The goal is to win. It's not about making money. I have many much less risky ways of making money than this (buying Chelsea football club). I don't want to throw my money away, but it's really about success and trophies. - Roman Abramovich
A recent article in Forbes magazine highlighted the fact that the Toronto Maple Leafs are the most valuable team in the NHL. The current value of the team stands at $450 million, a little more than both the New York Rangers and Montreal Canadiens.
The Toronto teams value has topped the list for the last three seasons. The last three seasons, Toronto has failed to make the playoffs.
In the world sport, success on the field generally equates to success in the accounting ledgers. The more you win, the more fans you acquire, greater receipts at the box office, more merchandise sold and a greater amount of sponsors come looking to gain advantage of the team's success. Society loves winners.
Toronto throws this all out of the window. They seem to retain top billing in the NHL despite losing for 42 years.
Forbes magazine was also able to list the most valuable teams in the other major North American sports. New York Yankees in MLB, L.A. Lakers in the NBA, Dallas Cowboys in the NFL, and as an add on, Manchester United in the English Premier League.
Unlike the Maple Leafs, however, the financial position of these teams does equate to success on the field.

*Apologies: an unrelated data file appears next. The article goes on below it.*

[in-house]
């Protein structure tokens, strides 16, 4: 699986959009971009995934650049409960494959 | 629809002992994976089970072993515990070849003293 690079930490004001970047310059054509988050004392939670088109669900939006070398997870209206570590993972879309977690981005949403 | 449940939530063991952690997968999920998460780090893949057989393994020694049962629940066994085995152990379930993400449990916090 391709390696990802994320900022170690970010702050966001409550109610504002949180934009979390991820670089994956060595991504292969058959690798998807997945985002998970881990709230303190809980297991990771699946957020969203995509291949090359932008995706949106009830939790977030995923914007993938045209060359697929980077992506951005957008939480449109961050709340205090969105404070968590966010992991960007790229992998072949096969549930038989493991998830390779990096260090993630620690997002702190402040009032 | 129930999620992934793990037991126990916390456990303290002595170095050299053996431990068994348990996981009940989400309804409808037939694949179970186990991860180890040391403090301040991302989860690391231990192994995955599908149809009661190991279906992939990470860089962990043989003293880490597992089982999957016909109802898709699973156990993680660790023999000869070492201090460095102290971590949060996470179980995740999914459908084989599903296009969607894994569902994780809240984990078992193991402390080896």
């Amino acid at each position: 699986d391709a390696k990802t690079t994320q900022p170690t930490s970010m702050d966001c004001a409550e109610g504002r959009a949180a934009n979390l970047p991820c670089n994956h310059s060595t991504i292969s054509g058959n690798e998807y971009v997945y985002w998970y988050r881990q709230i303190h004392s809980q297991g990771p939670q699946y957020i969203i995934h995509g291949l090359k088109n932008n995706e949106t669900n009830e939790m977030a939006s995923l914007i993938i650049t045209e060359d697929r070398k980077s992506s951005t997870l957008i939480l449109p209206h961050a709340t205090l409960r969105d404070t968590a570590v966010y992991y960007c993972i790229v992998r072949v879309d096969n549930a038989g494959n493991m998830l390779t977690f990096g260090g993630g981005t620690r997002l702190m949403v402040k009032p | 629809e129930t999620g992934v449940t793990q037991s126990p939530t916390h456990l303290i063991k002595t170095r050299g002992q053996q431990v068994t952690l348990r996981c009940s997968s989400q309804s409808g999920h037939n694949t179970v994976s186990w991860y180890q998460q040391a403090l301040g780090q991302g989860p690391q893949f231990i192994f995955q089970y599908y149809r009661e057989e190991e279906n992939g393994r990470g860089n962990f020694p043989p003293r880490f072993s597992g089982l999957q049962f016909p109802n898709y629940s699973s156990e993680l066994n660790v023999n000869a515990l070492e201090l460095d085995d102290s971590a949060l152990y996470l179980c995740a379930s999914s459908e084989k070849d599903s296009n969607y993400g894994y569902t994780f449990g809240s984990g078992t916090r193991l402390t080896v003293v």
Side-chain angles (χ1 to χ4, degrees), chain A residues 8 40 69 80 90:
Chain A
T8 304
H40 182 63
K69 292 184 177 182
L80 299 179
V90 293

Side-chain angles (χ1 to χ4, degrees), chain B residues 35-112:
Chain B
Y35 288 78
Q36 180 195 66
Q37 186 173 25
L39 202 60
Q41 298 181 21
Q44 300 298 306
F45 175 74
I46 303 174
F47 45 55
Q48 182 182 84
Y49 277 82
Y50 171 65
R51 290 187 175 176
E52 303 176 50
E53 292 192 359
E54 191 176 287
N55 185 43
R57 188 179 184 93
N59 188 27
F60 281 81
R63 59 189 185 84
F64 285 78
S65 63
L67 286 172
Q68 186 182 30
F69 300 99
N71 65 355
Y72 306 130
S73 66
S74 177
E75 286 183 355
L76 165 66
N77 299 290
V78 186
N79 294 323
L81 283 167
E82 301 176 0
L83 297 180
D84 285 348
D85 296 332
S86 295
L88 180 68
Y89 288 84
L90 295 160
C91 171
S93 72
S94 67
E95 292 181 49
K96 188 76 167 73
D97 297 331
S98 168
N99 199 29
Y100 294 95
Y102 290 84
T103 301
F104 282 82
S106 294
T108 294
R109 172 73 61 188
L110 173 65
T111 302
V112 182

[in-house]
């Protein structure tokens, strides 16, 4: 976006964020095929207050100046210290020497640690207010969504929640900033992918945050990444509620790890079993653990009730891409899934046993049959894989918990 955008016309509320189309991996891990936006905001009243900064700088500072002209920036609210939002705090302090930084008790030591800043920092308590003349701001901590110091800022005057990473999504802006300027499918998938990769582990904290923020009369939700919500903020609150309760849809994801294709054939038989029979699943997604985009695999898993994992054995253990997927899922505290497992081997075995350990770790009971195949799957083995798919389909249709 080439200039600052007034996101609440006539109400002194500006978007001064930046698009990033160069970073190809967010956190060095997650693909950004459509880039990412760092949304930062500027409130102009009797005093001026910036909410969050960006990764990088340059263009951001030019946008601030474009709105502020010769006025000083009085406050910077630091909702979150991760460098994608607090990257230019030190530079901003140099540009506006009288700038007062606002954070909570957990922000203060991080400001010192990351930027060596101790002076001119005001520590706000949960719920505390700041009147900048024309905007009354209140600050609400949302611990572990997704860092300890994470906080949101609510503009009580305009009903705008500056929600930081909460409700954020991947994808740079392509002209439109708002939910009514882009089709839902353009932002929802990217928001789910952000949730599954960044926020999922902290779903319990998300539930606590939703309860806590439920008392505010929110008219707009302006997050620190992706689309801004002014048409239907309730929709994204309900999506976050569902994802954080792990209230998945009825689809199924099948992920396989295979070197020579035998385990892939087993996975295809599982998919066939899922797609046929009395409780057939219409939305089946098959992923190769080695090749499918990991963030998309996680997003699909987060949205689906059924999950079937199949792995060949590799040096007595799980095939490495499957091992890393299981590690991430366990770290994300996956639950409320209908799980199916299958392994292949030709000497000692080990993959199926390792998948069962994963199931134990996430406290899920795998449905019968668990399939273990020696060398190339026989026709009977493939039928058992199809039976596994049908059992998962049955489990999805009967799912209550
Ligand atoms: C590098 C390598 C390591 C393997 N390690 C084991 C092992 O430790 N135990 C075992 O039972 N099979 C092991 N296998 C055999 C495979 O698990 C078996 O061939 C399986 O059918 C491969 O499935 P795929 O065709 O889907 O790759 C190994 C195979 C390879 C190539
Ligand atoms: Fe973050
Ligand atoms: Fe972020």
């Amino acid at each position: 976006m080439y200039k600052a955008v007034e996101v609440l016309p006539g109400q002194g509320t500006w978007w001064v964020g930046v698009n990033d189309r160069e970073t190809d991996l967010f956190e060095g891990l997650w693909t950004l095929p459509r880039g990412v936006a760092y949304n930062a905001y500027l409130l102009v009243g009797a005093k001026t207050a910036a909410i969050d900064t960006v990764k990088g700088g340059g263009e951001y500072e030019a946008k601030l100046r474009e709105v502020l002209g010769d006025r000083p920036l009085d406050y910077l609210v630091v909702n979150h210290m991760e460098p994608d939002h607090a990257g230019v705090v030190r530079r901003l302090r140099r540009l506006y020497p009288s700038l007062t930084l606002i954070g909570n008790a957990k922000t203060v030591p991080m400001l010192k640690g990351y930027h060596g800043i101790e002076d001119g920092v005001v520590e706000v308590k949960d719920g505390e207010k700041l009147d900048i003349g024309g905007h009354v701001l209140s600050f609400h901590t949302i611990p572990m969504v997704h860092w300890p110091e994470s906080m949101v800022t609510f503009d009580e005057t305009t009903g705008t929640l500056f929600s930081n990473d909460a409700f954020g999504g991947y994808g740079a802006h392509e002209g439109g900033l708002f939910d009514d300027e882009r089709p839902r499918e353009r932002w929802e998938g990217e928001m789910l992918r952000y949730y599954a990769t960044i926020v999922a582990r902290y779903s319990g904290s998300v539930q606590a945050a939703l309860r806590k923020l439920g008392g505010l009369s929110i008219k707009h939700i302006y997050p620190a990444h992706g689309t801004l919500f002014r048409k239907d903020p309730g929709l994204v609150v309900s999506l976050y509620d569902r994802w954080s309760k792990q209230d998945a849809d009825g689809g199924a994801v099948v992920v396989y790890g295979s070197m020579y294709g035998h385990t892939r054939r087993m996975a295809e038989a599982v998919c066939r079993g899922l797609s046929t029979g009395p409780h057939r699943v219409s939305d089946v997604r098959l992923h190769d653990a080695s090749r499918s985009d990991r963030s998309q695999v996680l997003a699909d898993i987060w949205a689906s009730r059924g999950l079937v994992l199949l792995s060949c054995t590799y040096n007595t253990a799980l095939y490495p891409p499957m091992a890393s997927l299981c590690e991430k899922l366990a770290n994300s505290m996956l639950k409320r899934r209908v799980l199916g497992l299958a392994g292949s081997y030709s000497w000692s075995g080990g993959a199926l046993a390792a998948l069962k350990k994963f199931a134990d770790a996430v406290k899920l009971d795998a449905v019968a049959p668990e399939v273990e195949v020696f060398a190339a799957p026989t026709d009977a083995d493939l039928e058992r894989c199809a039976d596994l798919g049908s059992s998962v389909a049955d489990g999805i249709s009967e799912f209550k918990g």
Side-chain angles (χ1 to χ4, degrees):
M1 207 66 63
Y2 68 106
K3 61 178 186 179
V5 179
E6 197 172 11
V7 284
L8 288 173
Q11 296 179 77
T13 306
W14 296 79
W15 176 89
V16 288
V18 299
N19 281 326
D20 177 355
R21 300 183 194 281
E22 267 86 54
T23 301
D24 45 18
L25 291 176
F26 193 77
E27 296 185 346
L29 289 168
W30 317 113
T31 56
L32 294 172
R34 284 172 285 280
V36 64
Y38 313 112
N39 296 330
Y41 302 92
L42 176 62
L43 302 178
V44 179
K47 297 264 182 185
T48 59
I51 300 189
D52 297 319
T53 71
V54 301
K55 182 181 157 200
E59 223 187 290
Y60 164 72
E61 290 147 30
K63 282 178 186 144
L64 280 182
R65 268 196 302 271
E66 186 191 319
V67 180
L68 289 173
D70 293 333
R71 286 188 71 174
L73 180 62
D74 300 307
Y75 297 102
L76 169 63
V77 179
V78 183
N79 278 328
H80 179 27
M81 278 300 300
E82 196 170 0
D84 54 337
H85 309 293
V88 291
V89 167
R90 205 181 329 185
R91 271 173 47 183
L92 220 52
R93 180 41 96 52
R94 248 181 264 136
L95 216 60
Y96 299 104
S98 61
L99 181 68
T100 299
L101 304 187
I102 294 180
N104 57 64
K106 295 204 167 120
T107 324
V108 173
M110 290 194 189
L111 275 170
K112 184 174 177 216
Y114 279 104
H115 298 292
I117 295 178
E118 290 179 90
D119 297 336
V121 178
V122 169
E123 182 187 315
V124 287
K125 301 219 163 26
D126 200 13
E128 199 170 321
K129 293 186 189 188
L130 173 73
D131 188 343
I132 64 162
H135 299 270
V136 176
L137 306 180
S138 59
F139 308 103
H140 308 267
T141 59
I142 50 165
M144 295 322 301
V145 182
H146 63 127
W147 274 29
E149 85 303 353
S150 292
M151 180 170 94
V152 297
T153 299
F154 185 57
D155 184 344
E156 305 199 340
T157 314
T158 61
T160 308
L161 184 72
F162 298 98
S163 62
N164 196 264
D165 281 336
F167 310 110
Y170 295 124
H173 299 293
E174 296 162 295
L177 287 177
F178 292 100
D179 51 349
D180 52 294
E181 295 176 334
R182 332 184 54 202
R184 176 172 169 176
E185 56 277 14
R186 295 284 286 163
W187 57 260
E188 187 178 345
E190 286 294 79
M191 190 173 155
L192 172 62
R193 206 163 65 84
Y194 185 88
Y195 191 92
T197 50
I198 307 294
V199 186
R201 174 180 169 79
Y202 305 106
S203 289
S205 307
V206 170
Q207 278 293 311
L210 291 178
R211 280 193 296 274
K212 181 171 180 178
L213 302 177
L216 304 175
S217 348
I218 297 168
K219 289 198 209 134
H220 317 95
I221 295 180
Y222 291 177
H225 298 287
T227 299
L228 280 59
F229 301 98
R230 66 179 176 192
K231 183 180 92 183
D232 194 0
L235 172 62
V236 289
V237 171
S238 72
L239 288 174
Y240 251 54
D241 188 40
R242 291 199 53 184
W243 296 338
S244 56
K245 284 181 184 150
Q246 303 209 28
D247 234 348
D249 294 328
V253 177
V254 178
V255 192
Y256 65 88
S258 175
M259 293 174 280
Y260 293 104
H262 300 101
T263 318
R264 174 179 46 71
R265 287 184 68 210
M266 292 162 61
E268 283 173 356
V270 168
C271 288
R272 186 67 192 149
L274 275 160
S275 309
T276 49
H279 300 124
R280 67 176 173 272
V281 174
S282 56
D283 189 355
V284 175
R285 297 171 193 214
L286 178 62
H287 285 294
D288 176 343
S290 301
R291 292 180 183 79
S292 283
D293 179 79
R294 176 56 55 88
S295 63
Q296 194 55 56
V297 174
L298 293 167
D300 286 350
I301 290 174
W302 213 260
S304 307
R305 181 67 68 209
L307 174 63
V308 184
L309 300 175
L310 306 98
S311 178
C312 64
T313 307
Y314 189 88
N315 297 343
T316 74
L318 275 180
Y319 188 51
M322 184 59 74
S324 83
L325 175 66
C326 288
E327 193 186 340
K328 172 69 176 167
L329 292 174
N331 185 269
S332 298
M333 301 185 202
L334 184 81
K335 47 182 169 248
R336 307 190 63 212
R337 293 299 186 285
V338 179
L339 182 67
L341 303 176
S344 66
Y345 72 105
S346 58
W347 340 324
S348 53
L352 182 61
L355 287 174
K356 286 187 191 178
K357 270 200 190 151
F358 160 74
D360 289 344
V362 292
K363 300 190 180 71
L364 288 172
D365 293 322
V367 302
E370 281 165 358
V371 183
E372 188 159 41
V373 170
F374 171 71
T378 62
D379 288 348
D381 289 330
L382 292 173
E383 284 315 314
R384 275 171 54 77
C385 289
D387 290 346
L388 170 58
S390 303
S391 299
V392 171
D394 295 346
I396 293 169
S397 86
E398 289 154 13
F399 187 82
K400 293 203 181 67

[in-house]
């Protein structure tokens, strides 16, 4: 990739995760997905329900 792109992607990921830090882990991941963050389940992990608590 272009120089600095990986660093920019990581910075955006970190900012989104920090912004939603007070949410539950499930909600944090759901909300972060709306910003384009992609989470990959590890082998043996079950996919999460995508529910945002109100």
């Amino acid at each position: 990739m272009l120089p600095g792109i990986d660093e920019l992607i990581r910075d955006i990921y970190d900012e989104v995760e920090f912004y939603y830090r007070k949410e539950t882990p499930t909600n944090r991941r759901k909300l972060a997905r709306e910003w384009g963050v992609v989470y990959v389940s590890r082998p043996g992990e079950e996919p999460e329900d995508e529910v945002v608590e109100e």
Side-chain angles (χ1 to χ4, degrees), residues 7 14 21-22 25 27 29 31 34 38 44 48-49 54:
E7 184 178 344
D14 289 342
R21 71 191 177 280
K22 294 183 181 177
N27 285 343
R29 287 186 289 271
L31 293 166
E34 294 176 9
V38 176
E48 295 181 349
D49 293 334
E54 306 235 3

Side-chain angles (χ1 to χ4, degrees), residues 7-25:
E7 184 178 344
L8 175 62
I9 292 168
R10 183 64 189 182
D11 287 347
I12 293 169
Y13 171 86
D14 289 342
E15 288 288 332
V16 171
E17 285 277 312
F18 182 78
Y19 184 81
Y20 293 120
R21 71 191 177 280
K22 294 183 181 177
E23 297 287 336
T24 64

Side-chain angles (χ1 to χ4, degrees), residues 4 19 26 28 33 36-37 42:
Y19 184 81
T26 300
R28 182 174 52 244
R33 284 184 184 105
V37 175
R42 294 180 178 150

The New York Yankees have 26 titles, the most in MLB. They haven't won for eight years. This is the longest drought for the Yankees in their storied history.
The L.A. Lakers last won the NBA title in 2002; they have 15 titles, only second to the Boston Celtics, who have 16.
The Dallas Cowboys have won five Super Bowl titles. The Cowboys last won in 1995 and are equally tied with Pittsburgh and San Francisco with five titles each.
Manchester United last won in 2008, and they are tied with Liverpool for the most league titles (17) in the English Premier League.
As can be seen above quite evidently, that success on the field, equates to financial success for the organisation. It seems quite evident that for an organisation to keep it's fans, sponsors and members and city support, winning is everything.
Is it that Toronto Maple Fan's have blind support? Are they being taken advantage of? Why is that Toronto seems quite happy to support a loser?
The discussion question here is, why are the Leafs so financially successful without winning?
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